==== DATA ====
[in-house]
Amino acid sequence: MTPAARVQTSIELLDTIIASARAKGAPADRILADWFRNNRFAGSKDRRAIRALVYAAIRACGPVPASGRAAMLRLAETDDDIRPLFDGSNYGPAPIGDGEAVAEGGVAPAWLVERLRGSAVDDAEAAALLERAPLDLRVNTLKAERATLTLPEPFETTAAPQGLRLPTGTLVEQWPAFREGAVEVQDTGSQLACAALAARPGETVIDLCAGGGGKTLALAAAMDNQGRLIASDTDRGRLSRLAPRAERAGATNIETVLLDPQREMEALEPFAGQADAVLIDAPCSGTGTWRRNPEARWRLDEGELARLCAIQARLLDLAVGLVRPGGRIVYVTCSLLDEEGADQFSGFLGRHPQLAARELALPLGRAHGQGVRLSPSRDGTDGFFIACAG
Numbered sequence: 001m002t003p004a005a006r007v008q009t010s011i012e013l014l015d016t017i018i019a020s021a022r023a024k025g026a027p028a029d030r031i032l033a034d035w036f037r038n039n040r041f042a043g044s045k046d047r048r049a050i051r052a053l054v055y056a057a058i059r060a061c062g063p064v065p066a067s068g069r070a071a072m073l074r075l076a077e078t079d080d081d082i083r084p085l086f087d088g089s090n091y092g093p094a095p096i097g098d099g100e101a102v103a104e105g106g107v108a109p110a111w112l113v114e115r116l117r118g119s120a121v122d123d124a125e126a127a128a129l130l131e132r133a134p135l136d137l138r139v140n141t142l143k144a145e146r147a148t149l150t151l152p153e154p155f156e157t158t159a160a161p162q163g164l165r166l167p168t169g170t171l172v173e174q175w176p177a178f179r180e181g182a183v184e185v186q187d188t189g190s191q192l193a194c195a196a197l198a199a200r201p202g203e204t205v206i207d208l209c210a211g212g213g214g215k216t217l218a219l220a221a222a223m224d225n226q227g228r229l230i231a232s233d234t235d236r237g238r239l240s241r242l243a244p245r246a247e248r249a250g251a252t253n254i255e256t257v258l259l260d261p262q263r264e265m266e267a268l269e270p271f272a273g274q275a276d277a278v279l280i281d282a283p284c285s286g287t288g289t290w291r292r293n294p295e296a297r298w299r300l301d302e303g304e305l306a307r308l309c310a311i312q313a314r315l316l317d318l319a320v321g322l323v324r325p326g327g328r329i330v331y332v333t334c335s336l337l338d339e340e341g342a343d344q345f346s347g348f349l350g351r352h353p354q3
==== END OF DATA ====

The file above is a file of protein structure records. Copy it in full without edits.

[in-house]
Amino acid sequence: MTPAARVQTSIELLDTIIASARAKGAPADRILADWFRNNRFAGSKDRRAIRALVYAAIRACGPVPASGRAAMLRLAETDDDIRPLFDGSNYGPAPIGDGEAVAEGGVAPAWLVERLRGSAVDDAEAAALLERAPLDLRVNTLKAERATLTLPEPFETTAAPQGLRLPTGTLVEQWPAFREGAVEVQDTGSQLACAALAARPGETVIDLCAGGGGKTLALAAAMDNQGRLIASDTDRGRLSRLAPRAERAGATNIETVLLDPQREMEALEPFAGQADAVLIDAPCSGTGTWRRNPEARWRLDEGELARLCAIQARLLDLAVGLVRPGGRIVYVTCSLLDEEGADQFSGFLGRHPQLAARELALPLGRAHGQGVRLSPSRDGTDGFFIACAG
Numbered sequence: 001m002t003p004a005a006r007v008q009t010s011i012e013l014l015d016t017i018i019a020s021a022r023a024k025g026a027p028a029d030r031i032l033a034d035w036f037r038n039n040r041f042a043g044s045k046d047r048r049a050i051r052a053l054v055y056a057a058i059r060a061c062g063p064v065p066a067s068g069r070a071a072m073l074r075l076a077e078t079d080d081d082i083r084p085l086f087d088g089s090n091y092g093p094a095p096i097g098d099g100e101a102v103a104e105g106g107v108a109p110a111w112l113v114e115r116l117r118g119s120a121v122d123d124a125e126a127a128a129l130l131e132r133a134p135l136d137l138r139v140n141t142l143k144a145e146r147a148t149l150t151l152p153e154p155f156e157t158t159a160a161p162q163g164l165r166l167p168t169g170t171l172v173e174q175w176p177a178f179r180e181g182a183v184e185v186q187d188t189g190s191q192l193a194c195a196a197l198a199a200r201p202g203e204t205v206i207d208l209c210a211g212g213g214g215k216t217l218a219l220a221a222a223m224d225n226q227g228r229l230i231a232s233d234t235d236r237g238r239l240s241r242l243a244p245r246a247e248r249a250g251a252t253n254i255e256t257v258l259l260d261p262q263r264e265m266e267a268l269e270p271f272a273g274q275a276d277a278v279l280i281d282a283p284c285s286g287t288g289t290w291r292r293n294p295e296a297r298w299r300l301d302e303g304e305l306a307r308l309c310a311i312q313a314r315l316l317d318l319a320v321g322l323v324r325p326g327g328r329i330v331y332v333t334c335s336l337l338d339e340e341g342a343d344q345f346s347g348f349l350g351r352h353p354q3